So, even though it was getting dark (and decidedly chilly) by the time I'd finished work on Friday, I tucked a large paper bag (thank you, local bread shop) and scissors into my pockets and went to the garden to make a start.  I've wandered through the garden often enough to know what's still growing and where, so cutting samples in the dark didn't thwart my intentions and there was a bright half moon to light my way.

I quickly found sage (purple, pineapple and blackcurrant), fennel fronds, feverfew, honeysuckle, strawberry flowers and leaves, geum (I'd spotted one last flower earlier in the day), geraniums, pelargoniums, artemesia, petrovskia, erysimum, lavender, violas, helichrysum, nasturtiums, heuchera, thyme,  ivy and sweet cicely.  Other options might be hydrangea, bay, fatsia, holly, rosehips, box or Lonicera 'Baggesen's Gold'.

I returned with a large bag of cuttings within the half hour.  These were set out onto double sheets of kitchen paper, topped with another double sheet when I was satisfied with the arrangement and sandwiched between the heaviest of my gardening books. I threw Nigel Slater, Sarah Raven and Mrs Beeton on top of the stack for good measure.  Now I wait.  (Oh, alright then, yes I have had a peek to see how it's all going; I can't help myself.)  The flowers and herbs usually take one or two weeks to dry; ready or not, I'll be coming for them on 30th November when they'll be mounted with linen tape onto a board (cork? wood? cardboard? Not sure but hopefully something recycled).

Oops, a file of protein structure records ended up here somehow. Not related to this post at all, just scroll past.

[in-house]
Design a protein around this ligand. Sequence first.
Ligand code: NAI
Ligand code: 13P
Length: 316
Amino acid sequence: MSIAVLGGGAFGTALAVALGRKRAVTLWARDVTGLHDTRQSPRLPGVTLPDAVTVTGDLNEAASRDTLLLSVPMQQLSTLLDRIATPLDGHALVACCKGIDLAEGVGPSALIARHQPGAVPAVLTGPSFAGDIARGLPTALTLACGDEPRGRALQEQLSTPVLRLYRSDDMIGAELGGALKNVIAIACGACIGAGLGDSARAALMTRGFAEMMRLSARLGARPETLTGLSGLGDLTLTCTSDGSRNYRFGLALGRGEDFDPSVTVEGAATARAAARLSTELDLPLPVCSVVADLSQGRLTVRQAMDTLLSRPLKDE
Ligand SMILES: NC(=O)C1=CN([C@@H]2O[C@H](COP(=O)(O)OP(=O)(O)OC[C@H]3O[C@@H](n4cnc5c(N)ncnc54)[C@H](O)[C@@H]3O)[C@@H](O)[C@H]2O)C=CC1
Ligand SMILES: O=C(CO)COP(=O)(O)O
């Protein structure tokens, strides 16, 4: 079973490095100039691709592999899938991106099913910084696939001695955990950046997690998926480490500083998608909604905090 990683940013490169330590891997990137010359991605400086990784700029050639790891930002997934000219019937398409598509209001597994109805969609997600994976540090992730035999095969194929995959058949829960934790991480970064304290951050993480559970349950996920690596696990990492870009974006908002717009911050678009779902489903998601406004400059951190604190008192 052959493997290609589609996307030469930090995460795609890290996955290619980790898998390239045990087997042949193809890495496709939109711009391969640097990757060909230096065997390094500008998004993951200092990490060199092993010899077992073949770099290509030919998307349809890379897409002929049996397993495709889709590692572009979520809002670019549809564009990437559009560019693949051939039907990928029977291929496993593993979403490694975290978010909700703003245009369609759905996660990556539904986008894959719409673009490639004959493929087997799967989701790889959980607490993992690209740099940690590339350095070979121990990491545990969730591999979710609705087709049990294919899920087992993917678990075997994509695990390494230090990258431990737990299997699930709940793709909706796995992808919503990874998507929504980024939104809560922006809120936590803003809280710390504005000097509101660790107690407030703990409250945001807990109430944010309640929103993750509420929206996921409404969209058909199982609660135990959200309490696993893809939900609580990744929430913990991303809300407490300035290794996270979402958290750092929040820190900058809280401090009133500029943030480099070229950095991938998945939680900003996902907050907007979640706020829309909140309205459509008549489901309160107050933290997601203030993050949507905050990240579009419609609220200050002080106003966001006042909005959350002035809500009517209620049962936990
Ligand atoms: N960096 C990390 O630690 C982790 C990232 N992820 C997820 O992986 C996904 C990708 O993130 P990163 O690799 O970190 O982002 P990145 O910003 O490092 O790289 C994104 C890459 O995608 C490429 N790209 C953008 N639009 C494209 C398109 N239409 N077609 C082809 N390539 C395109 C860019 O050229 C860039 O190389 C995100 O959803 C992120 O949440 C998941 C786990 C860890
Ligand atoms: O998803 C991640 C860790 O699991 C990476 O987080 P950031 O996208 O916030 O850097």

In the meantime, I'm preparing the luggage labels by printing out letters from vintage Lexicon cards and glueing my message to the back. What will it be? 'Peace and Love to all mankind' would seem appropriate after recent events.

The photo below is of Sonya Patel Ellis' finished calendar, image taken from her website, link above. I'm not sure mine will be as beautiful as this one, but I'll have fun trying! 

(Image copyright Sonya Patel Ellis)

I'm wondering if any readers are working on craft projects for christmas? Do tell! 

25 Dec 2014

God Rest Ye, Merry Gentlemen (and women)

Finally, we're there. Christmas Day. For the next 24 hours I can put my feet up.  Sort of. The winter solstice, my favourite landmark day for the inherent optimism it brings, has passed; now we're at the start of winter, the days will start to get ever-so-slowly longer, brighter and, eventually, warmer.  I've had enough of putting the lights on indoors at half-two in the afternoon.  No wonder plants struggle.